I think it is important for the player to be able to control the instability at a cost, rather than just have the instability randomly based. The eventually "detonation" of the manna might still occur randomly (if the player is not spending time to manage it), but they must spend resource and/or turns in preventing it. To leave it as just random without any ability for the player to prevent it, removes it from being a gameplay choice and makes it a gambling choice.



I think most everything I would say has already been said in that post.

Making it so excess mana increases the chance that you'll have an unfriendly monster of DEATH summoned into the fight does make the game way more interesting.

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Here's an interesting concept...

Have a shared resource pool with the game going in rounds. Once in each round the every player gets to go once. Each player may draw as much from the resource pool as they want, leaving the next player whatever is left to draw from.

The next round, the player who drew the LEAST from the resource pool gets to go first.

So you have the following options....you can take just a bit out of the pool, and leave the player something to work with, OR you can try to take it all, and leave him with a full mana pool to work from on the next round.

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Original post by Gyrthok
Or perhalps have the players energy recharge at a set rate, for example to cast a good disintegration spell i would have to charge up a mana battery for several turns, this naturally kept me from casting it consecutively. Or if i had Winter Orb in play (untap only 1 land per turn), even if i had scads of mana i'd have to be careful with how i spent it.

That's the method I'm using now. The trouble is that because a wizard can level up his mana pool, a high-level wizard can cast a 12-mana darksteel colossus in the first turn. A lower-level wizard might save up a few turns to summon one, but he'd already be dead by then.

This is why I asked about alternative spell resource systems. If it isn't based on an increase-able skill level, it can't throw the game pacing out of whack. If that's the case, though, how do I determine how much of each type of mana a wizard gets per turn?

@Edtharan:
That's a good idea, but what kinds of random effects would you suggest? Casting a random spell in his inventory at a random target? Random status effects?

I had set a hard limit on the amount of mana one can have. It's elemental skill (i.e. fire) * 4. Your idea is more flexible, but it still doesn't solve the problem of mega-spells on the first turn. This system might be better, but how would you suggest they generate mana?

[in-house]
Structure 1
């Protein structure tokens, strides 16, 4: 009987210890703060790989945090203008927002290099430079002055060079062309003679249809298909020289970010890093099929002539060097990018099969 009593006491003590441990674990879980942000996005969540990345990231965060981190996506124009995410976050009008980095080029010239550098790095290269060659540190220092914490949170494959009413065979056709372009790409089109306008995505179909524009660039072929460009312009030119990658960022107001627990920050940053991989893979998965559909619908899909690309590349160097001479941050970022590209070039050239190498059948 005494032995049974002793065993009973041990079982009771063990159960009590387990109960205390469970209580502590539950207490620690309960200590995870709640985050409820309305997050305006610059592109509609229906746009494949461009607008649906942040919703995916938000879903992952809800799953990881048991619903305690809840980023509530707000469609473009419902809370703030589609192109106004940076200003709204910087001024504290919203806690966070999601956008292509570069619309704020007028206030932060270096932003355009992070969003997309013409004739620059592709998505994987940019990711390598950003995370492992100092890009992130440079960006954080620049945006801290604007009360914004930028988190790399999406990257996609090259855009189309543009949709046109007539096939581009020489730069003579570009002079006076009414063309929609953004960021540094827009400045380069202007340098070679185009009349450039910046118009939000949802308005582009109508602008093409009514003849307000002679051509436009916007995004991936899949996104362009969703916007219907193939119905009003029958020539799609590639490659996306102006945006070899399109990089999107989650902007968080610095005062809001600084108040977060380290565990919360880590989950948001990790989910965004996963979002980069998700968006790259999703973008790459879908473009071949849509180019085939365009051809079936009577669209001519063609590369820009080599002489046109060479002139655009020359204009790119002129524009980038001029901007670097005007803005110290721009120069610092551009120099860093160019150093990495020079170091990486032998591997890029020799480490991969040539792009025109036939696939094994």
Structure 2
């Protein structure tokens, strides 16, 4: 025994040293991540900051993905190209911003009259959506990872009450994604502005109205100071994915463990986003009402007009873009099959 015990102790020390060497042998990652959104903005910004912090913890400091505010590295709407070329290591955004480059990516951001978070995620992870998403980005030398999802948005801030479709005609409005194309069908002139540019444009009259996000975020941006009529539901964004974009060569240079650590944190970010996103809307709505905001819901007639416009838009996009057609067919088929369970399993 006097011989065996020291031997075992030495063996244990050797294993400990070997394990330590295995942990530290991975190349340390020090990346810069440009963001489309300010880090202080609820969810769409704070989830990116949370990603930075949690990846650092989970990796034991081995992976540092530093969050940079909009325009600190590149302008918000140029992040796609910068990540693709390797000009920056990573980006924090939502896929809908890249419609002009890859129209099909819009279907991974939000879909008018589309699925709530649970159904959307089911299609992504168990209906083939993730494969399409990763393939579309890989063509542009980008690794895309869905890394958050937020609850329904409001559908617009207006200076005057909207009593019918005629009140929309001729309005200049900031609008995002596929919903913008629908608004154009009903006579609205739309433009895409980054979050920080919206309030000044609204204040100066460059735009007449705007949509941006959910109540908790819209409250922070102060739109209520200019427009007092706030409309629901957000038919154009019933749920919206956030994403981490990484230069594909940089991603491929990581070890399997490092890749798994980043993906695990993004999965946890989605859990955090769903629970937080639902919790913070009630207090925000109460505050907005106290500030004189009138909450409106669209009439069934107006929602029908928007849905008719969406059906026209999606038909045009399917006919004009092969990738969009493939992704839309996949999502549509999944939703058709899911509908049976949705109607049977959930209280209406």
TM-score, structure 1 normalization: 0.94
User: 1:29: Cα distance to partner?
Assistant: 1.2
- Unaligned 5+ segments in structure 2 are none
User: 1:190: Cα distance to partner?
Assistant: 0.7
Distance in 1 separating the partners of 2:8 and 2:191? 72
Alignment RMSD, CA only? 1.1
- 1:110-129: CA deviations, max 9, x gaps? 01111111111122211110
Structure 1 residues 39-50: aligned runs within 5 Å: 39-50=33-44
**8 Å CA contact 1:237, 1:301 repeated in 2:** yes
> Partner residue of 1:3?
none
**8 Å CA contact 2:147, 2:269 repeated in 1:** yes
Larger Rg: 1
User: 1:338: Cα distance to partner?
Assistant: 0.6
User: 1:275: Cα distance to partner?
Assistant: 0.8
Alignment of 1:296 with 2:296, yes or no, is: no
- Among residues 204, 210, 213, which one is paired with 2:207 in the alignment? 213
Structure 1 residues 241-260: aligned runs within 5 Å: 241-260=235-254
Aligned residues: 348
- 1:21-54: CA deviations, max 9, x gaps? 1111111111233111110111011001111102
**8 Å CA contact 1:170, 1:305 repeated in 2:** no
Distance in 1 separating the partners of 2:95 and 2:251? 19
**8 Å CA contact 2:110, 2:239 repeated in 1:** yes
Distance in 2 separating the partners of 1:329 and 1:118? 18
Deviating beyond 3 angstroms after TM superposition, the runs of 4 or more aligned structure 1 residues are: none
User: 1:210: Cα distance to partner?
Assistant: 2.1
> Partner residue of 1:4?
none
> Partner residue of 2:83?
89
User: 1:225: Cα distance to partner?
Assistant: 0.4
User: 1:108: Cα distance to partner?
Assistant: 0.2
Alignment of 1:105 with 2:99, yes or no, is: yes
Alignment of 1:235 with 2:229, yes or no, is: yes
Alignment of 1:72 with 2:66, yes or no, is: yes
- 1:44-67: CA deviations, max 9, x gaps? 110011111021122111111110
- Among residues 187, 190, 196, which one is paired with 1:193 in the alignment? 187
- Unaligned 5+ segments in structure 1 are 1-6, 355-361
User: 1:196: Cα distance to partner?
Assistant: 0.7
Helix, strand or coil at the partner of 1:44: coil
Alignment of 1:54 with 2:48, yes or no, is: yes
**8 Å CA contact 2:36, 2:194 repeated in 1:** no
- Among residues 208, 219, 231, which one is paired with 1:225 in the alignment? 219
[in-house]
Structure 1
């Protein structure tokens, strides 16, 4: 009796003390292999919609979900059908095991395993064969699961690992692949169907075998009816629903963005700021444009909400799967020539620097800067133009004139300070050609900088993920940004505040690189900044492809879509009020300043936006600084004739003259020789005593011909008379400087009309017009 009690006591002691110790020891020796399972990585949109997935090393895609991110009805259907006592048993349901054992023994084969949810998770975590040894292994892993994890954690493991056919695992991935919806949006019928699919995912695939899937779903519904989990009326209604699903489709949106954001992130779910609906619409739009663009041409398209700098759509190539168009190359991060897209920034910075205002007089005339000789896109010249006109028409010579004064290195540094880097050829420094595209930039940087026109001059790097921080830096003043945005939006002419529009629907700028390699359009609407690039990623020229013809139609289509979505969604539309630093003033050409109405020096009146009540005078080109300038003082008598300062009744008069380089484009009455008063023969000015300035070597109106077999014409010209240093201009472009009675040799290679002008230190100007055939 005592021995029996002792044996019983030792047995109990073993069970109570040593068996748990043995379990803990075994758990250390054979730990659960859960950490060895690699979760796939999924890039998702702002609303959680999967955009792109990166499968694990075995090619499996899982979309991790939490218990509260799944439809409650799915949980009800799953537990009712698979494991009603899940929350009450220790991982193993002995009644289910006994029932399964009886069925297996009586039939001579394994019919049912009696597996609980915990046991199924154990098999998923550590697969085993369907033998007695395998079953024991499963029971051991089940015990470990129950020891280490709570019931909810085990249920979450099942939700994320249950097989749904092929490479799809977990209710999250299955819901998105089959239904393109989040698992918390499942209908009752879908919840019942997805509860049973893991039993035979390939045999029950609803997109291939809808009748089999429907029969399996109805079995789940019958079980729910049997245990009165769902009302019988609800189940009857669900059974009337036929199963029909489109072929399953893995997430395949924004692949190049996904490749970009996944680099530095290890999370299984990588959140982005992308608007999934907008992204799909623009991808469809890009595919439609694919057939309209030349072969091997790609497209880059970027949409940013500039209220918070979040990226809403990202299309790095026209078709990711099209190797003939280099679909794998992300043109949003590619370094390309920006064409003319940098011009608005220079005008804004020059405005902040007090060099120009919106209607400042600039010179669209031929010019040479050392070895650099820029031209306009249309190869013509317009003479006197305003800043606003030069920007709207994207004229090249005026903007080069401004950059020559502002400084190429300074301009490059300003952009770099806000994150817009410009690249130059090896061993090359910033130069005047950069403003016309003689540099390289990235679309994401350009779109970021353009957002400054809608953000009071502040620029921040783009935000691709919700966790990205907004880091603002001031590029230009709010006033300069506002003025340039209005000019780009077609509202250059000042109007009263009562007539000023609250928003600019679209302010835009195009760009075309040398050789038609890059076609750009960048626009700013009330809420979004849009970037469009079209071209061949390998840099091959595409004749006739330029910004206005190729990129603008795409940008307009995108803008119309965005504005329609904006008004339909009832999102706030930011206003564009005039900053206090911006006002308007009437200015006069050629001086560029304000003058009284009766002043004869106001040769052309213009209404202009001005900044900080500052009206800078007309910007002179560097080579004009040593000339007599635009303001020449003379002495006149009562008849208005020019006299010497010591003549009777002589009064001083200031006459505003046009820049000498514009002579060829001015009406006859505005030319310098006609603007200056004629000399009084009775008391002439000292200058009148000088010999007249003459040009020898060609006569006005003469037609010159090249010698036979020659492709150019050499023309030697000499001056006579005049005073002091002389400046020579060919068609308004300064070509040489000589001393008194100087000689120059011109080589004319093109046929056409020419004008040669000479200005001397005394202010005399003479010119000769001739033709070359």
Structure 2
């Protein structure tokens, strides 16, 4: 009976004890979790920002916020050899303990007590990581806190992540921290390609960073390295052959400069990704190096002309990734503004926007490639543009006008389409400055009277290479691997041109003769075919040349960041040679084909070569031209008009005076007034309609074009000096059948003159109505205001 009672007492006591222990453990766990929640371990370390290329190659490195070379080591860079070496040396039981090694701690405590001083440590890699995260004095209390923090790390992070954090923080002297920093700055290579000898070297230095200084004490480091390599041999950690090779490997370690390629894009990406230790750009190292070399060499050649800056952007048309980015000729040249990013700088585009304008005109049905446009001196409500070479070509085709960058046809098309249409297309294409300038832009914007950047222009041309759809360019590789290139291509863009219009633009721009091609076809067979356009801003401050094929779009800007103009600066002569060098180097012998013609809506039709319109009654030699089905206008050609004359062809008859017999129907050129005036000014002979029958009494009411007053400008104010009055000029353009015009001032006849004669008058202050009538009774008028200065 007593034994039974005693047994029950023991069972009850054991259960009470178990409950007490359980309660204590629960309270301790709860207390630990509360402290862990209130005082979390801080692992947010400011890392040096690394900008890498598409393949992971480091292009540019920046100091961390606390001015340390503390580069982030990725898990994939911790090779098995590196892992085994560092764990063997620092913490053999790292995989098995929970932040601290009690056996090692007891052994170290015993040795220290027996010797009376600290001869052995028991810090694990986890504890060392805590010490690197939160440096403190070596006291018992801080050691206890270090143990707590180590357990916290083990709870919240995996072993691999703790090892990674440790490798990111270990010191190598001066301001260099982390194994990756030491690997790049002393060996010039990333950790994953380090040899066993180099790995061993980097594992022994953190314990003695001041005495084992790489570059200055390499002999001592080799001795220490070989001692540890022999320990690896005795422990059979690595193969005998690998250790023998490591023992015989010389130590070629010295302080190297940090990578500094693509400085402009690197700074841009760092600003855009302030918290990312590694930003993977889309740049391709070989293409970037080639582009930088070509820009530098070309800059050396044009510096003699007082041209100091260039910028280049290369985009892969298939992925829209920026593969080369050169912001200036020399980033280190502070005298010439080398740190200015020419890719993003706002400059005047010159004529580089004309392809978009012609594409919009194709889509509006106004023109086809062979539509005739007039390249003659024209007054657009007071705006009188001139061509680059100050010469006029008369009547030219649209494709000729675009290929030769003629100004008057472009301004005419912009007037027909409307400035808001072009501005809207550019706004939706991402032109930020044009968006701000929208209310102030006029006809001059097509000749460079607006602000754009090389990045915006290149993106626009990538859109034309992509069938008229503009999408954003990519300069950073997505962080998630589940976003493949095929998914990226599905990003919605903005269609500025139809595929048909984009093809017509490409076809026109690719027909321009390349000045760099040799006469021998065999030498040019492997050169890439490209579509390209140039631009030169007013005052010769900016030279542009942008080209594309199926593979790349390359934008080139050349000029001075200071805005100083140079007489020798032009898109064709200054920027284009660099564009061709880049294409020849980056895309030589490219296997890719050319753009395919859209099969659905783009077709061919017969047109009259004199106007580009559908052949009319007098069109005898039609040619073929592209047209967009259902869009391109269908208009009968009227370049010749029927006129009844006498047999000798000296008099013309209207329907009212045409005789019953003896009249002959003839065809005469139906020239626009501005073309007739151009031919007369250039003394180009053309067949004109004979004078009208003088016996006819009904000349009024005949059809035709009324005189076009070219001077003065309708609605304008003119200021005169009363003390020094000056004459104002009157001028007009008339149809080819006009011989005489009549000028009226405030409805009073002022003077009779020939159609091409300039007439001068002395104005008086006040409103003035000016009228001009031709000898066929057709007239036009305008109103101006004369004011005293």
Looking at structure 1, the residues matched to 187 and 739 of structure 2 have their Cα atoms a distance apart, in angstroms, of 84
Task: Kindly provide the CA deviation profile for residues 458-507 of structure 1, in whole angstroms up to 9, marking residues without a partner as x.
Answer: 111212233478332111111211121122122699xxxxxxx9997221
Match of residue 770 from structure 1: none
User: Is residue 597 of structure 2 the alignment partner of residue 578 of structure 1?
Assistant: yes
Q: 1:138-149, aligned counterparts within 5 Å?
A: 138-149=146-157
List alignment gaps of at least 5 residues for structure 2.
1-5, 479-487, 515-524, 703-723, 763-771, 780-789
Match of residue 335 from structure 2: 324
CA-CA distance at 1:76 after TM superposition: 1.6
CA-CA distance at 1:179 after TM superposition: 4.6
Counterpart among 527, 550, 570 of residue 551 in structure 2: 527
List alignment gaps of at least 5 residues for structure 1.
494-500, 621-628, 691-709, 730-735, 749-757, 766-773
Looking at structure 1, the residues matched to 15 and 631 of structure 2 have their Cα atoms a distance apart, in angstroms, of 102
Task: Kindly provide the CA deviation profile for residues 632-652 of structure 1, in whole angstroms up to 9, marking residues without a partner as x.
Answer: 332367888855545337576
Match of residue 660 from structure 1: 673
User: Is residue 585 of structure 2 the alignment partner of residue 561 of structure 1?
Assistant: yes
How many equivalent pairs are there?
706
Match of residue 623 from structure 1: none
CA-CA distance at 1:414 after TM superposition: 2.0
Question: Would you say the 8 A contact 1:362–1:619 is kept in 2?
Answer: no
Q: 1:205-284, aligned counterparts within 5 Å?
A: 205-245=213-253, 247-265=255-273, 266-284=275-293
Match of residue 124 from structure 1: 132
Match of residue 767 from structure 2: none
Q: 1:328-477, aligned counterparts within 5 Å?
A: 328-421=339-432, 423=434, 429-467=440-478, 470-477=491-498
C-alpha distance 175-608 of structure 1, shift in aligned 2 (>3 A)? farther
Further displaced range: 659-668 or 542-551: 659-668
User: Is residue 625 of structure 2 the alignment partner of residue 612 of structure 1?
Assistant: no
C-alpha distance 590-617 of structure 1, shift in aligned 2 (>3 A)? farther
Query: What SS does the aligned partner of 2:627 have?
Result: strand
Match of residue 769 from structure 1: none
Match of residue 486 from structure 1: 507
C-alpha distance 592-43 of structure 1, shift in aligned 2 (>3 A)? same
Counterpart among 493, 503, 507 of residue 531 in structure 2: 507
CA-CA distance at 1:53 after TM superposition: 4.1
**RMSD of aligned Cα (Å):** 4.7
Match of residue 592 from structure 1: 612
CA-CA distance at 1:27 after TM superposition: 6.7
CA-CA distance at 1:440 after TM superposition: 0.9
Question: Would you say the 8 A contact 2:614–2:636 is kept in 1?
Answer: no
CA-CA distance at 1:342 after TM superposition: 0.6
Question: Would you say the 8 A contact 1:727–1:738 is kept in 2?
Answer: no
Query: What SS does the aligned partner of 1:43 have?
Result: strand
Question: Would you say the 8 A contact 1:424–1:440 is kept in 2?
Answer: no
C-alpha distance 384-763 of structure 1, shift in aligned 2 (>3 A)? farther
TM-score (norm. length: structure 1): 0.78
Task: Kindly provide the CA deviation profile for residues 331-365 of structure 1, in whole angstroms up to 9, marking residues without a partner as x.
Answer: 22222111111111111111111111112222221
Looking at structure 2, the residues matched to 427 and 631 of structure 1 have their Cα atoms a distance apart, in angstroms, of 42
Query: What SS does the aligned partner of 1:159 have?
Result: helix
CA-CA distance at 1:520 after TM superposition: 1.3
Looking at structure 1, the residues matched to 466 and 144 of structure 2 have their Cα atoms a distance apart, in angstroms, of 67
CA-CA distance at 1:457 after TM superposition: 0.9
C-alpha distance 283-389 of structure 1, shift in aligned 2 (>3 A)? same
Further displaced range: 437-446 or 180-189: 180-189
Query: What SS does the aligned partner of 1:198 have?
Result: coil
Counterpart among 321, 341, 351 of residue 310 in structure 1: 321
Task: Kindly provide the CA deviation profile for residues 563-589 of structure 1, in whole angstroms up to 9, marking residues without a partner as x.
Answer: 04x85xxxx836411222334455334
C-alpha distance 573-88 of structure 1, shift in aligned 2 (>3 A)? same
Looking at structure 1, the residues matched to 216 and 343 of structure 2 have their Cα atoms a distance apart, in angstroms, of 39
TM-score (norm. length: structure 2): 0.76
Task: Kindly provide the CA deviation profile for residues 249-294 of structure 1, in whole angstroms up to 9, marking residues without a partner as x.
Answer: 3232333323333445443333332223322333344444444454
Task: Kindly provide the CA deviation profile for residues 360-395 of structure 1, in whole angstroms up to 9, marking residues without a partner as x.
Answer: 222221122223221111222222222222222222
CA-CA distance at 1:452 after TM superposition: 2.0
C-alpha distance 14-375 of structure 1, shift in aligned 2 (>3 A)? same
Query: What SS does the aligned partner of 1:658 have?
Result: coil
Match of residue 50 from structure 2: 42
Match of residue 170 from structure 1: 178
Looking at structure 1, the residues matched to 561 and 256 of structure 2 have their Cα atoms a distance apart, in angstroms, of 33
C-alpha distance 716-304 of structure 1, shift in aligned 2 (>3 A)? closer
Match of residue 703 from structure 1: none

also:
I have the turn order set up something like Tactics Ogre or Final Fantasy Tactics. Each wizard and monster has a speed attribute and a stamina bar. Each clock tick adds to stamina like so: combatant.stamina += combatant.speed. Taking a variation on Edtharan's idea, I could scale down a wizard's speed based on the "weight" of his mana pool.

Still, I want to find a solution to first turn mega-spells.

Thanks for everything so far. (++Ratings!)

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That's a good idea, but what kinds of random effects would you suggest? Casting a random spell in his inventory at a random target? Random status effects?

Status effects are good, also taking damage from manna (MTG had this in that any manna that you untapped but didn't use by the end of your round did damage to that player). Another result is that you loose some of your manna or manna generators. So in a game like MTG, they might loose some of their lands (and the more lands they have out the more lands that they might loose). Also damage to their creatures can also be done, not just to the player.

Quote:
I had set a hard limit on the amount of mana one can have. It's elemental skill (i.e. fire) * 4. Your idea is more flexible, but it still doesn't solve the problem of mega-spells on the first turn. This system might be better, but how would you suggest they generate mana?

You could still use that "hard" limit, but have it the lower limit of the manna instability (that is if the player exceeds this number they run the risk of their manna becoming unstable).

To solve the problem of mega-spells on the first turn, I would use the Manna Battery idea. have them start off with 0 manna (but they have access to manna generators), and these manna generators slowly build up the player's manna.

You might even use the generators themselves in determining the amount of manna a player can store before it becomes unstable. You would need to have a negative feedback loop here as well. This means that the more Manna generators the player has the easier it becomes to reach unstable manna (you could add the number of generators to the amount of manna the player has to determine the "power" level for instability).

For example: If I had an instability level (the amount of "power" I could contain before becoming unstable) of 10 and I had 3 generators, this means that I could have a maximum of 7 manna points before I run the risk of becoming unstable.